SynopsisAmerica's most acclaimed historian presents the intricate story of the year of the birth of the United States of America. 1776 tells two gripping stories: how a group of squabbling, disparate colonies became the United States, and how the British Empire tried to stop them. A story with a cast of amazing characters from George III to George Washington, to soldiers and their families, this exhilarating book is one of the great pieces of historical narrative.
A FAITHFUL ACCOUNTING OF THE YEAR 1776
OF MUCH USE TO ALL CITIZENS OF THE PRESENT AGE
IN THE YEAR 2006
Despite being called ‘Continental’ the American military force at this point is composed almost entirely of soldiers from New England or 'Bible-faced Yankees' as one British general calls them. The Continental Army flag has 13 red and white stripes with British colours represented in the top right corner. When the British first see it flying in Boston, they think it is a flag of surrender.
George Washington christens the Continental Army with a 13-gun salute.
John Adams writes to George Washington, telling him New York is the 'key to the whole continent' and must be secured against attack.
A performance of the Tory musical 'The Blockade' at Boston’s Faneuil Hall turns into a panicked riot when an actor reports news of a surprise attack by rebel soldiers.
A patriotic American spoof is published almost immediately, entitled 'The Blockheads', or, 'The Affrighted Officers'.
Thomas Payne anonymously publishes Common Sense.
George Washington born, 1732
Washington and his war council decide on a surprise attack at Dorchester Heights using bales of hay to camouflage soldiers as they roll munitions and twenty cannons up a hill.
Battle of Moore’s Creek. The British governor of North Carolina is forced to surrender.
New York street names that changed after the revolution:
Crown St. became Liberty St.
George St. became Spruce St.
Little Queen St. became Cedar St.
King St. became Pine St.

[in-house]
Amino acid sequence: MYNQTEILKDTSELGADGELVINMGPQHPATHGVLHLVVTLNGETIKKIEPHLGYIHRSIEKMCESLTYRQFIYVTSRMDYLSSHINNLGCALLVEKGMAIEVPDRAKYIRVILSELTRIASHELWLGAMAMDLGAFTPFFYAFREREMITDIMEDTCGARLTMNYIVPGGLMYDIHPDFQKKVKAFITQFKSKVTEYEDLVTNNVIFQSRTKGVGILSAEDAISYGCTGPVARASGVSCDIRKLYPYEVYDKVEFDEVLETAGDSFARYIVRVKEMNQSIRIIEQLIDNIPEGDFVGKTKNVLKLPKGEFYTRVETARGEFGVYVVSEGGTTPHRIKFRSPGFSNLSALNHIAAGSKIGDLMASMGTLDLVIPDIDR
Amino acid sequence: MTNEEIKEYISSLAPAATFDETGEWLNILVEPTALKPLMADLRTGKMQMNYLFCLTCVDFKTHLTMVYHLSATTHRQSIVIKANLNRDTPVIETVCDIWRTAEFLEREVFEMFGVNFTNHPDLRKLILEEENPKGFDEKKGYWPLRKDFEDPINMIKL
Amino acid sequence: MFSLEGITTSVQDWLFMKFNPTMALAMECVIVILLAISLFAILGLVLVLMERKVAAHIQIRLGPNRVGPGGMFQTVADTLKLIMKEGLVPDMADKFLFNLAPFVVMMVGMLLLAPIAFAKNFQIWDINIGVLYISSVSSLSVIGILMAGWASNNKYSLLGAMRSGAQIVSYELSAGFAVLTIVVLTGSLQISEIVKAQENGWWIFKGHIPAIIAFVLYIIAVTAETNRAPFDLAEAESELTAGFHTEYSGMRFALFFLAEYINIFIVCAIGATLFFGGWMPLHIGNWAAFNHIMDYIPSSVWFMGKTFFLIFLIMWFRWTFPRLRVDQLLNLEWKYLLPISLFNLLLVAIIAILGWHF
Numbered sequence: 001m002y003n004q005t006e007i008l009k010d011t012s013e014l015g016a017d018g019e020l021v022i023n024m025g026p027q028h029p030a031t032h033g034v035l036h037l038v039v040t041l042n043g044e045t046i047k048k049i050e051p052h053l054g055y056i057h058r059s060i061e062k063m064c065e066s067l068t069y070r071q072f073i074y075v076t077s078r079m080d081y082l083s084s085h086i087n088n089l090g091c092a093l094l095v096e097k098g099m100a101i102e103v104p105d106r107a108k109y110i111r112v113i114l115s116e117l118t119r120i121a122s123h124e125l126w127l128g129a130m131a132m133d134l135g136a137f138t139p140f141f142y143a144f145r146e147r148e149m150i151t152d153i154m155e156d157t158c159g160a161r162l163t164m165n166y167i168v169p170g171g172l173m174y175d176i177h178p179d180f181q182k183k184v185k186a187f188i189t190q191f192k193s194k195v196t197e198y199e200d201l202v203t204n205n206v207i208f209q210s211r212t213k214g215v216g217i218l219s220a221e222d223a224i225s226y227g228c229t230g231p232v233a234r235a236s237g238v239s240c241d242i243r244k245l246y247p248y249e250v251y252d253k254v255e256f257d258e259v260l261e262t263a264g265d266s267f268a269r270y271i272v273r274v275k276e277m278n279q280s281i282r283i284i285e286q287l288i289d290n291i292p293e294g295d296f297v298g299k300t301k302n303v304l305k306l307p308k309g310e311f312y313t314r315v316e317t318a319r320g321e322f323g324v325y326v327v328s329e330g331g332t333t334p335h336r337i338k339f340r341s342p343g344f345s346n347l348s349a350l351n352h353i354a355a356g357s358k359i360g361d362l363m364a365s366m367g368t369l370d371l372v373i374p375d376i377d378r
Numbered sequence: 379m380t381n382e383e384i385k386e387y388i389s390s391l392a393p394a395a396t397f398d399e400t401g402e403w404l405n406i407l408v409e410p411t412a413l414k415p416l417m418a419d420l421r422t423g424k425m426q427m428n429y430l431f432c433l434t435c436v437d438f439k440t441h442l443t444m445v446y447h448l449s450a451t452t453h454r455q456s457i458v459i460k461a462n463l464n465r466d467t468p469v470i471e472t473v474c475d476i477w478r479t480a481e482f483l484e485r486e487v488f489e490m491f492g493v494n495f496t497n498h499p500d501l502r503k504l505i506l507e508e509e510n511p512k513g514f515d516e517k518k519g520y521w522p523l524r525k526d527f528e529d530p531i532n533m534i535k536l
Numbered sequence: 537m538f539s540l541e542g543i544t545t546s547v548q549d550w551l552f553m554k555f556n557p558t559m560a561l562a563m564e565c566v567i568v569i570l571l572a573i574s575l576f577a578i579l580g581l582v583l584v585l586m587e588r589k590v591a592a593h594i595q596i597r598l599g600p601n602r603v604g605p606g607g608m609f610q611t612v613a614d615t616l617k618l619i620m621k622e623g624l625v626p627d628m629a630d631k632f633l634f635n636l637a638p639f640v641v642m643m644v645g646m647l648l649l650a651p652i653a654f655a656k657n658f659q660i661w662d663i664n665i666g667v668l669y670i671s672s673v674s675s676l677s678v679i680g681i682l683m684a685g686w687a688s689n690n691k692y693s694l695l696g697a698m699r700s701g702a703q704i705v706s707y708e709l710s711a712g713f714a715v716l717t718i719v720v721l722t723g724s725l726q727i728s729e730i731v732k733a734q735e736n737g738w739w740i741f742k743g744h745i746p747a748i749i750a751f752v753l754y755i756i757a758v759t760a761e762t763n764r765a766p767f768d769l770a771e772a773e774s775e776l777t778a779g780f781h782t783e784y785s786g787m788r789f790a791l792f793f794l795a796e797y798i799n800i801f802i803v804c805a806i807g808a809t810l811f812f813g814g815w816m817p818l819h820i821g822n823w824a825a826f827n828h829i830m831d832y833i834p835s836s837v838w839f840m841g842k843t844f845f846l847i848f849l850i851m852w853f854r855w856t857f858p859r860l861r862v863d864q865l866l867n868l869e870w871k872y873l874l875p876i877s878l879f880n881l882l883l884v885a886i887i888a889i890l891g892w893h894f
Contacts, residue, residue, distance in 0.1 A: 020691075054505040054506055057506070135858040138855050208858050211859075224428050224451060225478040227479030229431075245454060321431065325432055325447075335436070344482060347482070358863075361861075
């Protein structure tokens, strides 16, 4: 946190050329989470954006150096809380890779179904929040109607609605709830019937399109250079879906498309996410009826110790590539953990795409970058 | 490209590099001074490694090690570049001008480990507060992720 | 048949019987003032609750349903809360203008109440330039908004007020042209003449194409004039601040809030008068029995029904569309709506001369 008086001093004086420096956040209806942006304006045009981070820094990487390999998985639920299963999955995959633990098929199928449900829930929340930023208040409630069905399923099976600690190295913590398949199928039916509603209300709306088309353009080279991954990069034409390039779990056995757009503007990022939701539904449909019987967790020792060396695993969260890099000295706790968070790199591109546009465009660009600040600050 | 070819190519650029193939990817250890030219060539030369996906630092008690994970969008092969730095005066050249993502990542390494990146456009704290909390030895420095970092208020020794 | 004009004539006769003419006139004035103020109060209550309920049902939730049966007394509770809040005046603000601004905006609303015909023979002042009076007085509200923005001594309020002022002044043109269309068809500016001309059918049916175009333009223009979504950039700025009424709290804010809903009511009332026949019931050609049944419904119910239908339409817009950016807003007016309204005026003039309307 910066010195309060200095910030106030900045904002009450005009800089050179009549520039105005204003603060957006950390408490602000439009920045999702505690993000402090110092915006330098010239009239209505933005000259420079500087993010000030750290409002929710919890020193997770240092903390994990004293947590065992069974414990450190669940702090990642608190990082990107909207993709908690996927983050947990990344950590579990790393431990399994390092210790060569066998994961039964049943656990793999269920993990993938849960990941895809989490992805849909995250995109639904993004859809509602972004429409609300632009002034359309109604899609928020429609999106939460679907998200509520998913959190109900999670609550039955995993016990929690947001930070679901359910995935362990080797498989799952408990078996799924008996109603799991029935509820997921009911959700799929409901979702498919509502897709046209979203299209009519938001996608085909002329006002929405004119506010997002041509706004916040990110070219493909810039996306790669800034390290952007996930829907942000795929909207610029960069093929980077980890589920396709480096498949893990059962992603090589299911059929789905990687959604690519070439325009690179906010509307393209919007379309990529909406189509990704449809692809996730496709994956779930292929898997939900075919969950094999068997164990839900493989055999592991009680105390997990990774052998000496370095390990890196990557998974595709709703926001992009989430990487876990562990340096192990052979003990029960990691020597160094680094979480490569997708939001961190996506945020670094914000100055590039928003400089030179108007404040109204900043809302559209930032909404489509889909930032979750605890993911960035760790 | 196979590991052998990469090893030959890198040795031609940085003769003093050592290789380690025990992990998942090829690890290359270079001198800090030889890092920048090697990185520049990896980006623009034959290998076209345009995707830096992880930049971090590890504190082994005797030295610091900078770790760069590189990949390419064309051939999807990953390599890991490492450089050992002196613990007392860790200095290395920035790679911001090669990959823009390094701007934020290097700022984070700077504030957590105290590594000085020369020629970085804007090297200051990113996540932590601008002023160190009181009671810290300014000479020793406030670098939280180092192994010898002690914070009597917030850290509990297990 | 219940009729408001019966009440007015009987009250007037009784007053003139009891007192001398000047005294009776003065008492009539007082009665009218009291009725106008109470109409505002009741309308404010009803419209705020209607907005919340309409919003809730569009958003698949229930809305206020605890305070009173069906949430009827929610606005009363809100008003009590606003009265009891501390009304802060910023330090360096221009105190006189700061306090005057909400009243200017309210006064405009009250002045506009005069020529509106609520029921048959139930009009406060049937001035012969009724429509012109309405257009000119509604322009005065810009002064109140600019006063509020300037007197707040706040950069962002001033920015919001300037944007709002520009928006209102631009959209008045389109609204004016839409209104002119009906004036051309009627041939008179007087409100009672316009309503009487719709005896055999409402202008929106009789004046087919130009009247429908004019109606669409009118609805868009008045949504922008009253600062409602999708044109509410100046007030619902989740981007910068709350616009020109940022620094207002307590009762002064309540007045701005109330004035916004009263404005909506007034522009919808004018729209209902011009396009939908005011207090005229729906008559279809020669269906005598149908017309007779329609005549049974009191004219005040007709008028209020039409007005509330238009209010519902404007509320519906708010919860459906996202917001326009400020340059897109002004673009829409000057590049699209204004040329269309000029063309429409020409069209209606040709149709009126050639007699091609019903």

Hanover Square survived the revolution
The Battle of Dorchester: With the help of a full moon, Washington’s army takes the Redcoats entirely by surprise.
The battle rages on: The British general exclaims 'My God, these fellows have done more work in one night than I could make my army do in three months!'
The British call off the attack and invite the Tories to evacuate Boston.
New York: Also known as York Island or the Island of Manhattan
Brooklyn: Also known as Long Island
Harlem: Called 'The Outward' because it consists entirely of farms, large country estates and untenanted land.
George Washington leaves for New York. Perils that await him and his men in New York include:
Bands of loyalists lying in wait in the swamps of Long Island
The entire (Tory) population of Staten Island
First anniversary of the singing of “Yankee Doodle Dandy” at the Battles of Lexington and Concord. Some lesser-known verses:
And there was Captain Washington
And gentle folks about him,
They say he’s grown so tarnal proud,
He will not ride without them.
Sheep’s Head and Vinegar
Buttermilk and Tansy,
Boston is a Yankee town
The month that Fort Sterling, Fort Box, Fort Putnam, Fort Greene, and Fort Defiance are founded in Brooklyn by the Continental Army.
Martha Washington born 1731
Martha Washington dies 1802